Standing on France’s western coast, whether in Normandy, Brittany or south along the Atlantic, you will often notice islands, or sometimes just a single romantic isle, on the horizon. They call temptingly to you.

Some 15 of these splendid islands have gathered together to form the Association des Iles du Ponant (informally, the French western isles) to promote their varied charms. They start in the north with magical Chausey, the Norman Channel archipelago above the Bay of Mont St-Michel that escaped the English grasp! They end in the south with adorable Aix, beyond the Charente River’s estuary. In between, many of Brittany’s best-loved islands count among the Iles du Ponant.


A number of our islands are renowned for being on the wild side! Ouessant (Ushant in English) and neighbouring Molène, in particular, were long notorious for their vicious reefs at the southern entrance to the English Channel. Tremendous lighthouses were built to warn of these dangers – dramatic images of these phares are now famous across the world. Today, thanks to excellent ferry services, you can explore exhilarating islands like Ouessant and Molène virtually any day of the year.


One or two of our islands lie in much calmer waters. L’Ile aux Moines and Arz are gently rocked in the protective arms of the Gulf of Morbihan, a gorgeous inland sea along Brittany’s southern shore. A surprising number of the Iles du Ponant boast their own special microclimate, despite lying out to sea – Batz even has a remarkable palm garden. A few prove exotically colourful thanks to geological marvels, notably orange-tinged Bréhat and garnet-edged Groix, while the vibrant waters around the Glénan archipelago remind visitors of the South Seas.


Powerful myths swirl around some of our islands, such as Sein, with its legends of Celtic druidesses. Real, fiery historic events took place beside others, for example the 18th-century Battle of Quiberon Bay, when the British navy won a famous victory over the French fleet near beautiful, cliff-surrounded Belle-Ile and its enchanting, tiny neighbours, Houat and Hoëdic. It’s hard to believe that such idyllic places could once have been terrible bones of contention. As to Aix, it became Napoleon’s last port of call in France. More distant Yeu, with its delightful mix of Breton and Vendéen touches, guarded disgraced Marshall Pétain after the Second World War. In contrast, Sein’s men would collectively win the highest honours for their wartime heroism.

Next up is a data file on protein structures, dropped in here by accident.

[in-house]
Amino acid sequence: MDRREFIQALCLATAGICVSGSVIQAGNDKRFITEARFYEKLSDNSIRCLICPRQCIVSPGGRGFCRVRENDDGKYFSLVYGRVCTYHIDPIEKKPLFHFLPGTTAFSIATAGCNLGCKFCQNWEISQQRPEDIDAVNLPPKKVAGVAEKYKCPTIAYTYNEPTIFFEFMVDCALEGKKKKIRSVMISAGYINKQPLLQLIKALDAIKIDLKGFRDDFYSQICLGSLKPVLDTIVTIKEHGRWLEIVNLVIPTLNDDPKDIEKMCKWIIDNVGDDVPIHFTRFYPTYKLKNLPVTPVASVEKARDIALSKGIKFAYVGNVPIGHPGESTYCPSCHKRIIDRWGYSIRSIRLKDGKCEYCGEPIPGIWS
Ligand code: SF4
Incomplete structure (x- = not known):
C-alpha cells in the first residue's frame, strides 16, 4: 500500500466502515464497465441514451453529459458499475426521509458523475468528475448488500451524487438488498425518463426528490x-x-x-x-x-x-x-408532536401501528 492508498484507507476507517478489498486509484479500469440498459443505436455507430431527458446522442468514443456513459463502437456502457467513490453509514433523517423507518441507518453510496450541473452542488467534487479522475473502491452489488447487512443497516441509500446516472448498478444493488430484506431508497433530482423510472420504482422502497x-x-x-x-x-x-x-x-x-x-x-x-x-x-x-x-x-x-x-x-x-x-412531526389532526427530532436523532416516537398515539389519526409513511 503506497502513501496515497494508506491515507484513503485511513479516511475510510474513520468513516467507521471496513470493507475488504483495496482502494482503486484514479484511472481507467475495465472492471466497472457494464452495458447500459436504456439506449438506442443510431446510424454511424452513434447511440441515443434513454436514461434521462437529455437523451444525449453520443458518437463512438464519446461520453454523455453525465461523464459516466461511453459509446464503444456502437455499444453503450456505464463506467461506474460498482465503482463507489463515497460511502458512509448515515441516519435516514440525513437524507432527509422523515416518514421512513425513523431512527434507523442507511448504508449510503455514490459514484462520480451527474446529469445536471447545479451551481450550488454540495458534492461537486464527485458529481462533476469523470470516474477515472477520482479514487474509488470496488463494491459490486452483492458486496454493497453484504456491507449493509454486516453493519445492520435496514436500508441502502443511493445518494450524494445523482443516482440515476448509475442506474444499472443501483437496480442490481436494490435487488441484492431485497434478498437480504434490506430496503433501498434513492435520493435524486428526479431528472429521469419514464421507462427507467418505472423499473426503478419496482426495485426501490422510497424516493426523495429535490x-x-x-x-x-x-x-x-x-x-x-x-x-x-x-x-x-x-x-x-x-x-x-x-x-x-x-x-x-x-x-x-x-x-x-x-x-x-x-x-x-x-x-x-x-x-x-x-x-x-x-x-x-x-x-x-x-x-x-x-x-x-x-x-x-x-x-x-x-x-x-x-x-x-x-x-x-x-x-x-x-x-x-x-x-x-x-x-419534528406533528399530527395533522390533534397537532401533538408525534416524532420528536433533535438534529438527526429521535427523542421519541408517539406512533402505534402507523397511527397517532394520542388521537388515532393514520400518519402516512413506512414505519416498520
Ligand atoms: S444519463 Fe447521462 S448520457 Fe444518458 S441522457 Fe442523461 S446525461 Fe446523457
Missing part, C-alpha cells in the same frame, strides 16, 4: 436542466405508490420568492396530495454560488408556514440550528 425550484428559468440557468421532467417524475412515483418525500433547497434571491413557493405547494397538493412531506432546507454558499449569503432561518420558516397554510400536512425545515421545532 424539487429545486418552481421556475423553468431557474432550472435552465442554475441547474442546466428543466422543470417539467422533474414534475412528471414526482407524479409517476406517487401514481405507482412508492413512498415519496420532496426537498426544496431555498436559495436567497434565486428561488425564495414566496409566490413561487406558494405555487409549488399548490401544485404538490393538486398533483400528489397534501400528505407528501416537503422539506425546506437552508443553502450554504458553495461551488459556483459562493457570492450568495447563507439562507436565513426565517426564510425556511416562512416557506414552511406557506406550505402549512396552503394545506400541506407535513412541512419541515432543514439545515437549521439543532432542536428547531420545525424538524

All the Iles du Ponant are a joy to discover today, particularly on foot or by bike. Most offer plenty to do within a surprisingly small area, including cultural and sporting opportunities. One or two incite you to do very little but meditate over their mesmerizing maritime surrounds. Every single one of our islands provides that immeasurable pleasure – of making you feel blissfully detached from the frenetic ways of the continental world for a time, living at a different, French, island pace.


Our islands can only be reached by boat (and by air in one or two cases). With a little forward planning, they are easy to visit. First come with us on this introductory armchair tour of France’s Iles du Ponant to learn about their rare character and beauty.


The Iles du Ponant Association acts on behalf of 15 French islands off the Channel and Atlantic coasts that share three precise characteristics. They have:

  • a permanent population;
  • the status of an official administrative local community (generally a commune, roughly equivalent to a British parish);
  • no fixed link to the mainland, such as a bridge or submersible road.

The Association aims to offer support to active island communities. It was created in April 1971 and works towards the promotion and protection of its member-islands in accordance with its statutes:

‘…Article 2 – The Association strives to take all useful measures possible to combat the specific handicaps of the Iles du Ponant, be they general or specific. It aims to ensure the economic, social and cultural advancement of the islands’ inhabitants, at the same time as working towards these islands’ environmental protection…’

The Association includes three specific bodies made up of:

  • representatives of the island communes, the councillors at canton (district) level, plus the members of both houses of the French Parliament for the relevant départements (roughly equivalent to British counties);
  • representatives from the professional bodies concerned;
  • partner community bodies.

The Association has an annual budget provided in part (25%) by the island communes, in part (25%) by the départements, and in part by the two regions of Brittany (40%) and the Pays de la Loire.

The Association fulfils many functions. These include:

  • giving technical and administrative support to put together project dossiers for both the communes and other parties;
  • promoting tourism on the islands, working in collaboration with their relevant tourist bodies;
  • leading and coordinating initiatives to raise awareness of specific issues for the Iles du Ponant and to find appropriate solutions for the Iles du Ponant and their island life, both at national and European level.